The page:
December 12, 2007: “HPD lab analyst indicted on theft, tampering charges. His suspension triggered a review of 200 narcotics cases he’d handled.”

June 17, 2007: “‘Troubling’ Cases Surface in Report on HPD Crime Lab; 1991 conviction for rape, murder has drawn the most concern.”

January 5, 2006: “HPD Lab Probe Details More Lapses; Revelations show 2 divisions’ problems amount to ‘near-total breakdown.'”

December 18, 2005: “HPD’s lab’s troubles predate DNA testing; Experts’ review finds a pattern of problems in 1980s studies of blood samples.”

June 5, 2005: “Bitter pills; HPD analysts faked drug evidence in four cases. How much more fraud has gone undetected?”

November 5, 2003: “DNA evidence destroyed; pardons called possible.”

June 25, 2003: “HPD ignored warnings, ex-lab man says; Retired official says he cited ‘train wreck.'”

April 3, 2003: “HPD chief proposes independently run crime lab.”

June 5, 2002: “Rape Kits; HPD strives to end ’embarrassment’ of untested DNA.”

Furthermore, the type of evidence used against her is coming under increasing scrutiny. For instance, the scientific basis underlying the testimony by the ballistics expert that identified the murder weapon has frequently proven to be erroneous.

The problem with this accusation is that it isn’ specific to Newton’s case and being “frequently” wrong isn’t the same as being “always” wrong.

Similarly, expert testimony regarding traces of material found on her clothing as proving that Ms. Newton fired a weapon is open to misinterpretation.

Again, the ACLU did Newton no favors by not explaining what that other interpretation might be. What they are talking about here is the fact that Newton’s dress showed gunshot residue on it. If she didn’t actually fire the weapon that killed her family, it would be in ACLU’s best interest (not to mention Newton’s) to put forth a new argument here. This isn’t a briefing to the Court, meaning they can introduce new evidence any time they wish. So spill it.

Additionally, the reliability of “future dangerousness” testimony is also coming under scrutiny as well by the scientific community.

Again: vague. If the ACLU wanted to put forth evidence that Newton would not have been a future danger if her sentence was commuted to life imprisonment, this would have been the time to do it. Instead, the result is a flaccid, not-very-well written and completely unconvincing letter. (The author of the letter, Rachel King, passed away from cancer in 2008.)

I really don’t have an opinion about Newton’s guilt or innocence. I’m extremely skeptical of any story the prosecution puts forth, but in this case the evidence does seem to support guilt.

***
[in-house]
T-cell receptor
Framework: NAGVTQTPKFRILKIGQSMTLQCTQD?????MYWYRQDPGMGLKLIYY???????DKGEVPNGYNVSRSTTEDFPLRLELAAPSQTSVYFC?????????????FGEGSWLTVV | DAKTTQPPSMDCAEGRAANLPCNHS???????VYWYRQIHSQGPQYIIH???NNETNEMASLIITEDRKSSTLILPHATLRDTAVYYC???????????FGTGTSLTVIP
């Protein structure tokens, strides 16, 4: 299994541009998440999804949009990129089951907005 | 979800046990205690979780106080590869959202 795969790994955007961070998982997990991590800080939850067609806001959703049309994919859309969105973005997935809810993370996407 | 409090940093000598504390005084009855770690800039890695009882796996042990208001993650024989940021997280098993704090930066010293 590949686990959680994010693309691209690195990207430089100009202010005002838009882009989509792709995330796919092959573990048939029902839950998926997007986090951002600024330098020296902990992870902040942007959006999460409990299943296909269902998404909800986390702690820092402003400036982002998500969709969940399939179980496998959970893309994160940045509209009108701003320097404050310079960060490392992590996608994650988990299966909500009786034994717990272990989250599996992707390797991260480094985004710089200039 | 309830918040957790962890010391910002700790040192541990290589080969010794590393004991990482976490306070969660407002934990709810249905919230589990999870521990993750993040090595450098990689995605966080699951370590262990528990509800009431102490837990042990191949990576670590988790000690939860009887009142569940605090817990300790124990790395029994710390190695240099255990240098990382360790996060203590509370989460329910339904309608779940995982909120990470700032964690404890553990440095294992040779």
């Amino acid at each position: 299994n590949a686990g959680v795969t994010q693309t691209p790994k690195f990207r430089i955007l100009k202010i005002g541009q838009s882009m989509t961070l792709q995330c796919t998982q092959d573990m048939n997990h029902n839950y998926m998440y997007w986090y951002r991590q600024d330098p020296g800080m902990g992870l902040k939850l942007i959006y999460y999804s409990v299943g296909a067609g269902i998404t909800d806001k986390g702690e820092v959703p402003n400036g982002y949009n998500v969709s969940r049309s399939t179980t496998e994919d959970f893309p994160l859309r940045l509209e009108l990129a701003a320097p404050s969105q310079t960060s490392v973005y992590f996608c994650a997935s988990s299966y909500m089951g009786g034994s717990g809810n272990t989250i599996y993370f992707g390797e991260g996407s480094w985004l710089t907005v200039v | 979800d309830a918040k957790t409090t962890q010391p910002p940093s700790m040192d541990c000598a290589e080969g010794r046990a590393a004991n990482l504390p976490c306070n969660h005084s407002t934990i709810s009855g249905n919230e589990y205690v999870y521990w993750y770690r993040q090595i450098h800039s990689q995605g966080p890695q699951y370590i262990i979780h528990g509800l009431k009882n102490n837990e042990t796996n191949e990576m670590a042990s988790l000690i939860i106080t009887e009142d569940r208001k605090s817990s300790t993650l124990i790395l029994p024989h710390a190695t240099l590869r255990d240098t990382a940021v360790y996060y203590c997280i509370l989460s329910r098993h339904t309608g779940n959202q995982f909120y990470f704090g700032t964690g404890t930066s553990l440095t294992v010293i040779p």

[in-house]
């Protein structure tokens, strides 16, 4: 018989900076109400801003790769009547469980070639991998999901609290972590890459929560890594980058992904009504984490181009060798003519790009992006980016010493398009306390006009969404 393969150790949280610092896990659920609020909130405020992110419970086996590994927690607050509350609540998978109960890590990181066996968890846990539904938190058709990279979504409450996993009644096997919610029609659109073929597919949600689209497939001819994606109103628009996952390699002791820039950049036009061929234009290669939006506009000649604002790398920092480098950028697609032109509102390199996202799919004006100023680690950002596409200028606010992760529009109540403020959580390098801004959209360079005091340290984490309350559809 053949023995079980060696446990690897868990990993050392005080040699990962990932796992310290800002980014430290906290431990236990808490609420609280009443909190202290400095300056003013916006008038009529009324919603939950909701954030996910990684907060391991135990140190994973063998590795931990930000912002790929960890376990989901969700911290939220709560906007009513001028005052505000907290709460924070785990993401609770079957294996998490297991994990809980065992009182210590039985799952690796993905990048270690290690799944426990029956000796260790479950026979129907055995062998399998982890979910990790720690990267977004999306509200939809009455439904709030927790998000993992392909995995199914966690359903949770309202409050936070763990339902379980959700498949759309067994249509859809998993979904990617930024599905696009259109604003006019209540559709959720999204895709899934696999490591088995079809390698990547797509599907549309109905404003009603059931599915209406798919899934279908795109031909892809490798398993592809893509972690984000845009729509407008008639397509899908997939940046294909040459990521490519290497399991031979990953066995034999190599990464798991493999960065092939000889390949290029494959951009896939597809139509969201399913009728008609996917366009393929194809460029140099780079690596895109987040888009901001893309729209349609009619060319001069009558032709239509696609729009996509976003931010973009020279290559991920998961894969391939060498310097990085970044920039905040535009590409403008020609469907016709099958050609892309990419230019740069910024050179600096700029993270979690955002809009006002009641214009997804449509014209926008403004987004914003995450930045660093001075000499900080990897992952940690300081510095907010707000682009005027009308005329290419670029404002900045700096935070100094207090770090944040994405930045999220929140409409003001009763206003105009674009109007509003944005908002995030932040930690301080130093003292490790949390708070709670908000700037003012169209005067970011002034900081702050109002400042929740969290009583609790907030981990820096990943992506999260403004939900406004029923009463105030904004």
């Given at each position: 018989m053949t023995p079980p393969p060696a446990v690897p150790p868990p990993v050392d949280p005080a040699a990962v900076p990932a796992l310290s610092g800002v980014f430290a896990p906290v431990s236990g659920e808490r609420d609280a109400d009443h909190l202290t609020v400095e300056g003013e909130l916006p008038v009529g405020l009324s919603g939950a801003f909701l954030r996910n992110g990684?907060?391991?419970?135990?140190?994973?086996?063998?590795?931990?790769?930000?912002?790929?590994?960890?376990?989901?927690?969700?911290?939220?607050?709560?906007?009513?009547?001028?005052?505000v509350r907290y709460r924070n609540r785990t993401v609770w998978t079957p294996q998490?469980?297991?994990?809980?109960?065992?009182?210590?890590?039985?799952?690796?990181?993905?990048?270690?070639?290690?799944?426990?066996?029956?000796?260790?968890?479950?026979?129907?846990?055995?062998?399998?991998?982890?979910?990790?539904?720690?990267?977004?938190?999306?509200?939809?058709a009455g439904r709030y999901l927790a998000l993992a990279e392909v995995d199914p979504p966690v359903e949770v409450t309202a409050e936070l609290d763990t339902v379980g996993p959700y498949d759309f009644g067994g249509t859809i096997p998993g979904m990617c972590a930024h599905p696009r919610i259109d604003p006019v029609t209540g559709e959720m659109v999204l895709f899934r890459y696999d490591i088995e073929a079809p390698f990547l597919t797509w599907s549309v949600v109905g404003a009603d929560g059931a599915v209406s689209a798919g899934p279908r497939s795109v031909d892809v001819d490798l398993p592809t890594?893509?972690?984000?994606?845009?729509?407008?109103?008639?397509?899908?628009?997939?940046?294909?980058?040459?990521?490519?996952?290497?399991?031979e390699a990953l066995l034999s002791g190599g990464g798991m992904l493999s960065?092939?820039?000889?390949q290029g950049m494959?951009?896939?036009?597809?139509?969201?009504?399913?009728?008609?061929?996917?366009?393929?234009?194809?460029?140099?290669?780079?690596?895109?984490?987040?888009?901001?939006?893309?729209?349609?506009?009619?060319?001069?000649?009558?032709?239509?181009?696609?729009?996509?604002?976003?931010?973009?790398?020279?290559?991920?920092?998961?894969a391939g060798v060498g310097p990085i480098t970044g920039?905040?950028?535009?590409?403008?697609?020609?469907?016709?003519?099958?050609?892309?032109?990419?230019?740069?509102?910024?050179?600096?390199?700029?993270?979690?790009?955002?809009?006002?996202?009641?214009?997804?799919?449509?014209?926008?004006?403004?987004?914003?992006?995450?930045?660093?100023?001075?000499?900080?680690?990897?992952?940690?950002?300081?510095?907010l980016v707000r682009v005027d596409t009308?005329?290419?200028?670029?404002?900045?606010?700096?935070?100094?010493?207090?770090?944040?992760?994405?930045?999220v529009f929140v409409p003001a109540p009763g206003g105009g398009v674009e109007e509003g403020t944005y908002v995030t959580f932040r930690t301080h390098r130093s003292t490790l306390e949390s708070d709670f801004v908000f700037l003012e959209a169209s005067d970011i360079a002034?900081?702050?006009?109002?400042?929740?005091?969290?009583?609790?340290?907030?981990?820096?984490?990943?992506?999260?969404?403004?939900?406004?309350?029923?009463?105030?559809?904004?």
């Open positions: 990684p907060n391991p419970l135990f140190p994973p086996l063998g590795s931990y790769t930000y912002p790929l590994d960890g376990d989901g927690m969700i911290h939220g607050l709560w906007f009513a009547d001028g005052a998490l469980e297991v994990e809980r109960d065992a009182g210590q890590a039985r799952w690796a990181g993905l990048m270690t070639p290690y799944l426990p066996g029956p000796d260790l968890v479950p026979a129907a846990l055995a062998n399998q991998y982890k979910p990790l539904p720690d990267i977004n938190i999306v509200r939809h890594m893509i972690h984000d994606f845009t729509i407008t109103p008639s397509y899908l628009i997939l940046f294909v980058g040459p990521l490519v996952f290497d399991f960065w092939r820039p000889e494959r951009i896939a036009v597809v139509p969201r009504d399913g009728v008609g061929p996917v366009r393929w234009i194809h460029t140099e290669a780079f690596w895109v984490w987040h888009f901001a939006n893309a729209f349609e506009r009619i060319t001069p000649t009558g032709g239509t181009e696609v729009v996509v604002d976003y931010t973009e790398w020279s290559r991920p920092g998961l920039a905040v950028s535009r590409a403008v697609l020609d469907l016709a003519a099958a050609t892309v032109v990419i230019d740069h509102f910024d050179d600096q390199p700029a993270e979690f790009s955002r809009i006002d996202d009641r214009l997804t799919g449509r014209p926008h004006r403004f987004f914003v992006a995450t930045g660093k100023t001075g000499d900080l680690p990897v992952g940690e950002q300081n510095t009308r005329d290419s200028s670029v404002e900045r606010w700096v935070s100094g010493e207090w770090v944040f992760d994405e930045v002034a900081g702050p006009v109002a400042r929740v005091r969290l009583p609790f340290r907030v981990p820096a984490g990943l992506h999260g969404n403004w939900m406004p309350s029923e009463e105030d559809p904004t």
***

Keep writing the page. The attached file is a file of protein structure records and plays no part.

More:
Another Texas case (Texas is rich in oil, natural gas, and executions) is the horrible murder of a nineteen year old college student, Melissa Trotter. The person on death row for that crime, Larry Swearingen, swears he is innocent. (John T Floyd has a good re-cap of the case here) As Floyd points out, a lot of the forensic evidence points away from Swearingen. However, it is one piece of evidence that keeps me thinking that he’s guilty.

Melissa Trotter was strangled with a cut-off leg of pantyhose. Four days after the crime, police found the a pair of pantyhose in Swearingen’s trash, with one leg cut off. This evidence is circumstantial, but is powerful enough for me to think guilty, guilty, guilty. There might be an innocent explanation for it, but I haven’t heard one. When I think about the supposed cell phone evidence (some say that his cell phone records prove he was nowhere near her during the time of the crime), I feel that tug of reasonable doubt. But the pantyhose keep tipping me right back over.

Another issue with the Swearingen case is that his attorneys are trying to oversell the “good” condition of Melissa’s body when it was discovered. Melissa was discovered in a forest in Montgomery County, and a person who found her said she was in such good shape he thought she was a mannequin. The reason this is important is because it establishes time of death. If Swearingen can get the time frame right, he can claim he was already in jail during the time the crime occurred (he was picked up for traffic tickets.) But I read Trotter’s autopsy report and she was not in pristine condition. Her eyes had been liquified. Her tongue was black. Numerous parts of her body were completely decomposed. So it was not as if she had been thrown into the forest on the morning Swearingen had been picked up for traffic tickets. There was time when she was lying in that forest and he was free.

I recognize his lawyers will try to sell whatever evidence they can. But by dismissing the pantyhose evidence (“it’s just circumstantial!”) and really stretching and bending that timeline, I become more suspicious of their case. I want a lawyer to tell me why those pantyhose were in Swearingen’s trash. I know they don’t have to. But I would like an explanation, and if I were on that jury, I would desperately want the attorney to give me some completely rational, non-murdery reason for it.